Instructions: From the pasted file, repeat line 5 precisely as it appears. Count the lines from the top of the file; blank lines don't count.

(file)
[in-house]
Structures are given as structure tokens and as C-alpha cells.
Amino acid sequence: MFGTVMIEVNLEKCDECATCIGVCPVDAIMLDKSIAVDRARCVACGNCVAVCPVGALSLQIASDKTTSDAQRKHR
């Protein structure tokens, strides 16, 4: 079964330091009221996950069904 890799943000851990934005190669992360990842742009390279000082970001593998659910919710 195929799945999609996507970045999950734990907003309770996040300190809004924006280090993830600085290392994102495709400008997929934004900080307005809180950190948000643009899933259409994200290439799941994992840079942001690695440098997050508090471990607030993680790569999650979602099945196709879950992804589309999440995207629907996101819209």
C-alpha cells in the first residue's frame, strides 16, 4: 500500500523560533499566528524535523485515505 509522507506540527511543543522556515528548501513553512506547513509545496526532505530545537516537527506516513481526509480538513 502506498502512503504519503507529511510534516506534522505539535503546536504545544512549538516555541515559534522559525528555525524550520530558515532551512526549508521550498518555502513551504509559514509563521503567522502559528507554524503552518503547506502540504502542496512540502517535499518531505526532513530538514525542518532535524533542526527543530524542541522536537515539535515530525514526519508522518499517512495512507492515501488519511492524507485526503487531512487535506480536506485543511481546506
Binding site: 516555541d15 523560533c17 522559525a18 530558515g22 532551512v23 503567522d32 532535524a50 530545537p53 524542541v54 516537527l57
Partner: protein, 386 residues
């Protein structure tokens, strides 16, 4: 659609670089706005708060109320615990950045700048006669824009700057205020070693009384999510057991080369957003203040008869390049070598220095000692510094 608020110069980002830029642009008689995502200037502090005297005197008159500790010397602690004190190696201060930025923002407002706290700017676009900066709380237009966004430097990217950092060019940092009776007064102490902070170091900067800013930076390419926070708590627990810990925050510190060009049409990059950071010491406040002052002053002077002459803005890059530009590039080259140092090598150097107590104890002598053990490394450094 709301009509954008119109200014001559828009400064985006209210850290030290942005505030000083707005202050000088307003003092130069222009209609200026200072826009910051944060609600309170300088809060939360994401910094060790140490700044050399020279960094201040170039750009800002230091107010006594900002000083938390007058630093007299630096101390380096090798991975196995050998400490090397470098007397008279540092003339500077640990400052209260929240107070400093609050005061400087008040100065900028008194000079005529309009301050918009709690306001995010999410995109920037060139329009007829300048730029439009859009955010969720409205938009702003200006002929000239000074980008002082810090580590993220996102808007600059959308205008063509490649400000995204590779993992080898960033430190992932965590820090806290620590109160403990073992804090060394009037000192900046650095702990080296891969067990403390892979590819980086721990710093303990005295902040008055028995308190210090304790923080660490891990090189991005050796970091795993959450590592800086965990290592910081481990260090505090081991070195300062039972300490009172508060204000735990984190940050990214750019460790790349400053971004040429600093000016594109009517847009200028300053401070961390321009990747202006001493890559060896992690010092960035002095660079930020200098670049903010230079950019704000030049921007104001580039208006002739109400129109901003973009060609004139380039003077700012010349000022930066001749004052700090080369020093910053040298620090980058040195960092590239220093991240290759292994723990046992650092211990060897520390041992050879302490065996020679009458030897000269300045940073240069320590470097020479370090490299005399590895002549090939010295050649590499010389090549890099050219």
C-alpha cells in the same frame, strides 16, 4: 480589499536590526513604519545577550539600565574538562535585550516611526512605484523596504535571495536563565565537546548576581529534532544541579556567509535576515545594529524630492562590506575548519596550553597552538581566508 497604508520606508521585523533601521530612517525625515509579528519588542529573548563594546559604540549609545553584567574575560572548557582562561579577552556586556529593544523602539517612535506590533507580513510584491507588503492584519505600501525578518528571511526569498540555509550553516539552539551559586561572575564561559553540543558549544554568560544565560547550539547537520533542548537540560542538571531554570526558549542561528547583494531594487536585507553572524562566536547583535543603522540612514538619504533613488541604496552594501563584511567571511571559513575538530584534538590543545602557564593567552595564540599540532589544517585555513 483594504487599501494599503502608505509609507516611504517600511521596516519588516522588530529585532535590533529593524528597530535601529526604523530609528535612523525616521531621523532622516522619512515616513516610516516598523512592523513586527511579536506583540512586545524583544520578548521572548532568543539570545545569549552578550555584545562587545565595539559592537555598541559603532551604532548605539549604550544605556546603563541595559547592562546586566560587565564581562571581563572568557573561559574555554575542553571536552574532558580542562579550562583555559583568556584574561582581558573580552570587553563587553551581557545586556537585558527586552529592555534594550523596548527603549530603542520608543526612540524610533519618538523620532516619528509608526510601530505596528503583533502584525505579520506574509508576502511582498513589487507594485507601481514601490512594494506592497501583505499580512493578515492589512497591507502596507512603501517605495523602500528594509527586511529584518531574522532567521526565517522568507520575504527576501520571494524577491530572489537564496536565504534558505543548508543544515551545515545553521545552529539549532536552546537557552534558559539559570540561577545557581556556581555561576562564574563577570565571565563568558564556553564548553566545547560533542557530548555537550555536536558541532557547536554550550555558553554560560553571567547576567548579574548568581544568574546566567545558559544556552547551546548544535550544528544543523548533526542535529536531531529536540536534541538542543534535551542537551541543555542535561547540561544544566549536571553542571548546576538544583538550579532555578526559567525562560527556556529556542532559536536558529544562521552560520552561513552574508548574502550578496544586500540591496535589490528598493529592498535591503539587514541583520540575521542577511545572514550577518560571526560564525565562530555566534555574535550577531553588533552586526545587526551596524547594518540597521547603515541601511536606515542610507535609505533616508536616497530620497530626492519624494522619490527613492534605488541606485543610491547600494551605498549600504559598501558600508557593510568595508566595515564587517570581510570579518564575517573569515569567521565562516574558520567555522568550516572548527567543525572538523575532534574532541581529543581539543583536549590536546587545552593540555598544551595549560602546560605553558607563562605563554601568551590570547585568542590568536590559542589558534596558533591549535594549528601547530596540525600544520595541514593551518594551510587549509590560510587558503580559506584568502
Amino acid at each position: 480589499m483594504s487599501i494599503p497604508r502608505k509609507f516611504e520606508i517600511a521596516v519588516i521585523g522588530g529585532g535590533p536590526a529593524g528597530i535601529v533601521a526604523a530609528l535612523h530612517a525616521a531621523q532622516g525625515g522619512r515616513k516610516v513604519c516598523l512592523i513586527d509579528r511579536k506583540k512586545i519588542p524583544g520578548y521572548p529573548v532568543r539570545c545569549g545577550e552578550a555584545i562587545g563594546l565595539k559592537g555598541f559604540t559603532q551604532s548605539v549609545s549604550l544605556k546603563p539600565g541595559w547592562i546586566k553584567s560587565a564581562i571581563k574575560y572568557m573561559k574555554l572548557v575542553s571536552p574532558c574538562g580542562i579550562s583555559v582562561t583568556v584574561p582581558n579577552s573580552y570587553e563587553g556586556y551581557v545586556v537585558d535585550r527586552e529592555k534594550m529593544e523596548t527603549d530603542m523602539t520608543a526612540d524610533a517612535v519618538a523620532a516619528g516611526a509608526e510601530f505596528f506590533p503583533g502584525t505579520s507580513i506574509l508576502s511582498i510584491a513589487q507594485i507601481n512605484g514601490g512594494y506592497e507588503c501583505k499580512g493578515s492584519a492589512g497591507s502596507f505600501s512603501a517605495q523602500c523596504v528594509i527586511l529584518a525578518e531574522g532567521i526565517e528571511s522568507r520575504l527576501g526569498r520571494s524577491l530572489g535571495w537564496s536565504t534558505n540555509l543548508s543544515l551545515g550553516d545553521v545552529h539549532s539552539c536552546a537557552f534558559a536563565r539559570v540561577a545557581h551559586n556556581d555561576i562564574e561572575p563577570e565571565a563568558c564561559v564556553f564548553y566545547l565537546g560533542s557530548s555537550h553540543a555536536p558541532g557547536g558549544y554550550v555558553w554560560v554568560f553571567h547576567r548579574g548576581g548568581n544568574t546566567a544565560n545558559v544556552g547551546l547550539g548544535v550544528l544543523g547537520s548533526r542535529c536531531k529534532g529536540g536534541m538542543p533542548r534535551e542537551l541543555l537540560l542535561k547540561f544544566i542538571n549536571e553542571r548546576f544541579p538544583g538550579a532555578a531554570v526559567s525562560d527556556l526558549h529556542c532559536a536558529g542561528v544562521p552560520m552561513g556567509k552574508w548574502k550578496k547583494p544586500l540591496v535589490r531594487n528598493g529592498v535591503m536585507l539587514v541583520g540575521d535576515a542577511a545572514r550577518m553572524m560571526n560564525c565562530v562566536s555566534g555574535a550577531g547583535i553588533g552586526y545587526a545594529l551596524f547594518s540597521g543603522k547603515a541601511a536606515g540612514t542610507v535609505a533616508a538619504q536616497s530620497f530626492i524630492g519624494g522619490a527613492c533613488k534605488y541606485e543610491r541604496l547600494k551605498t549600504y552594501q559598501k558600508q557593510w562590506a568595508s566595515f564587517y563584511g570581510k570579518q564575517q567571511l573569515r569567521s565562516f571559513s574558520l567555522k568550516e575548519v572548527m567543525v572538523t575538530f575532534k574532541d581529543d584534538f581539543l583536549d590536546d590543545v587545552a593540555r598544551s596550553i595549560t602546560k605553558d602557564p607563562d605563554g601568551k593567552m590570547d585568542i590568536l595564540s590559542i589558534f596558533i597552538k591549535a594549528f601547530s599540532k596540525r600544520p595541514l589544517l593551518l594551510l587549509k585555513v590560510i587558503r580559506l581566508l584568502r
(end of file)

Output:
C-alpha cells in the first residue's frame, strides 16, 4: 500500500523560533499566528524535523485515505 509522507506540527511543543522556515528548501513553512506547513509545496526532505530545537516537527506516513481526509480538513 502506498502512503504519503507529511510534516506534522505539535503546536504545544512549538516555541515559534522559525528555525524550520530558515532551512526549508521550498518555502513551504509559514509563521503567522502559528507554524503552518503547506502540504502542496512540502517535499518531505526532513530538514525542518532535524533542526527543530524542541522536537515539535515530525514526519508522518499517512495512507492515501488519511492524507485526503487531512487535506480536506485543511481546506